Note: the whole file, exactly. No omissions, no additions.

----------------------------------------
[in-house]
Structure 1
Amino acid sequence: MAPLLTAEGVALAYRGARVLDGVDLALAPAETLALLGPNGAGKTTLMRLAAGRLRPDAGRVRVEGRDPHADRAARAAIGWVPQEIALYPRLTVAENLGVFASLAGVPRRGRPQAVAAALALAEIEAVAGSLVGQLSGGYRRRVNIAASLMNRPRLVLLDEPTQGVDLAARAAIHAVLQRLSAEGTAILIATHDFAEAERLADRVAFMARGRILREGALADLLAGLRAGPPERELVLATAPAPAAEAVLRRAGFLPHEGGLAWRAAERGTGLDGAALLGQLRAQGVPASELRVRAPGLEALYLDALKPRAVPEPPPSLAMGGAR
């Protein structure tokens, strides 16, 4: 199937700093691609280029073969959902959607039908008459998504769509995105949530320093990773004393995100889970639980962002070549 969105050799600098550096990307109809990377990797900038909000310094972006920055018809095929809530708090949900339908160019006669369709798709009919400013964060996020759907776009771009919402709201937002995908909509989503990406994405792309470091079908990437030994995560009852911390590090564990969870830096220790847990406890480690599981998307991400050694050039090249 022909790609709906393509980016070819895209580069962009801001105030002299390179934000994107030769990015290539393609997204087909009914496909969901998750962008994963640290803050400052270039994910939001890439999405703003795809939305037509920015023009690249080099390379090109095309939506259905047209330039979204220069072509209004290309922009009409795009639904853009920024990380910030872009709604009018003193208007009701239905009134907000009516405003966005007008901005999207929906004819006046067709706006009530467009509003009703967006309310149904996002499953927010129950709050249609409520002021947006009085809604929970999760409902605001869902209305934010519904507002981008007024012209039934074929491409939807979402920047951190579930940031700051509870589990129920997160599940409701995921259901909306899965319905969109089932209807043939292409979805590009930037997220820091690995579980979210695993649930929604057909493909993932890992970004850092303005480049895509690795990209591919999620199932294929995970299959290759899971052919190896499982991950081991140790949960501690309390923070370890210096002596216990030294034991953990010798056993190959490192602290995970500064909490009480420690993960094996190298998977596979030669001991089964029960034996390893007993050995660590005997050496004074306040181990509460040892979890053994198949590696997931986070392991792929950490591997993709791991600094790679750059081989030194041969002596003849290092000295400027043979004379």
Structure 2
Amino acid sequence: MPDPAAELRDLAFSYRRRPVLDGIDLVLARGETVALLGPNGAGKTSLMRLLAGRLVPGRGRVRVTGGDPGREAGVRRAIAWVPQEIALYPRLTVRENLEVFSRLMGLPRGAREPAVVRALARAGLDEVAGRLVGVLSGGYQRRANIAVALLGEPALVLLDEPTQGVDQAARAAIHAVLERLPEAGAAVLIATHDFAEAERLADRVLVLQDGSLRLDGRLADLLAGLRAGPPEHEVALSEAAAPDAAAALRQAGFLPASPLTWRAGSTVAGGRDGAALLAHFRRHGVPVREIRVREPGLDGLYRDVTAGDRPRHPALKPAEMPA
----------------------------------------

[in-house]
Structure 1
Amino acid sequence: MAPLLTAEGVALAYRGARVLDGVDLALAPAETLALLGPNGAGKTTLMRLAAGRLRPDAGRVRVEGRDPHADRAARAAIGWVPQEIALYPRLTVAENLGVFASLAGVPRRGRPQAVAAALALAEIEAVAGSLVGQLSGGYRRRVNIAASLMNRPRLVLLDEPTQGVDLAARAAIHAVLQRLSAEGTAILIATHDFAEAERLADRVAFMARGRILREGALADLLAGLRAGPPERELVLATAPAPAAEAVLRRAGFLPHEGGLAWRAAERGTGLDGAALLGQLRAQGVPASELRVRAPGLEALYLDALKPRAVPEPPPSLAMGGAR
């Protein structure tokens, strides 16, 4: 199937700093691609280029073969959902959607039908008459998504769509995105949530320093990773004393995100889970639980962002070549 969105050799600098550096990307109809990377990797900038909000310094972006920055018809095929809530708090949900339908160019006669369709798709009919400013964060996020759907776009771009919402709201937002995908909509989503990406994405792309470091079908990437030994995560009852911390590090564990969870830096220790847990406890480690599981998307991400050694050039090249 022909790609709906393509980016070819895209580069962009801001105030002299390179934000994107030769990015290539393609997204087909009914496909969901998750962008994963640290803050400052270039994910939001890439999405703003795809939305037509920015023009690249080099390379090109095309939506259905047209330039979204220069072509209004290309922009009409795009639904853009920024990380910030872009709604009018003193208007009701239905009134907000009516405003966005007008901005999207929906004819006046067709706006009530467009509003009703967006309310149904996002499953927010129950709050249609409520002021947006009085809604929970999760409902605001869902209305934010519904507002981008007024012209039934074929491409939807979402920047951190579930940031700051509870589990129920997160599940409701995921259901909306899965319905969109089932209807043939292409979805590009930037997220820091690995579980979210695993649930929604057909493909993932890992970004850092303005480049895509690795990209591919999620199932294929995970299959290759899971052919190896499982991950081991140790949960501690309390923070370890210096002596216990030294034991953990010798056993190959490192602290995970500064909490009480420690993960094996190298998977596979030669001991089964029960034996390893007993050995660590005997050496004074306040181990509460040892979890053994198949590696997931986070392991792929950490591997993709791991600094790679750059081989030194041969002596003849290092000295400027043979004379």
Structure 2
Amino acid sequence: MPDPAAELRDLAFSYRRRPVLDGIDLVLARGETVALLGPNGAGKTSLMRLLAGRLVPGRGRVRVTGGDPGREAGVRRAIAWVPQEIALYPRLTVRENLEVFSRLMGLPRGAREPAVVRALARAGLDEVAGRLVGVLSGGYQRRANIAVALLGEPALVLLDEPTQGVDQAARAAIHAVLERLPEAGAAVLIATHDFAEAERLADRVLVLQDGSLRLDGRLADLLAGLRAGPPEHEVALSEAAAPDAAAALRQAGFLPASPLTWRAGSTVAGGRDGAALLAHFRRHGVPVREIRVREPGLDGLYRDVTAGDRPRHPALKPAEMPA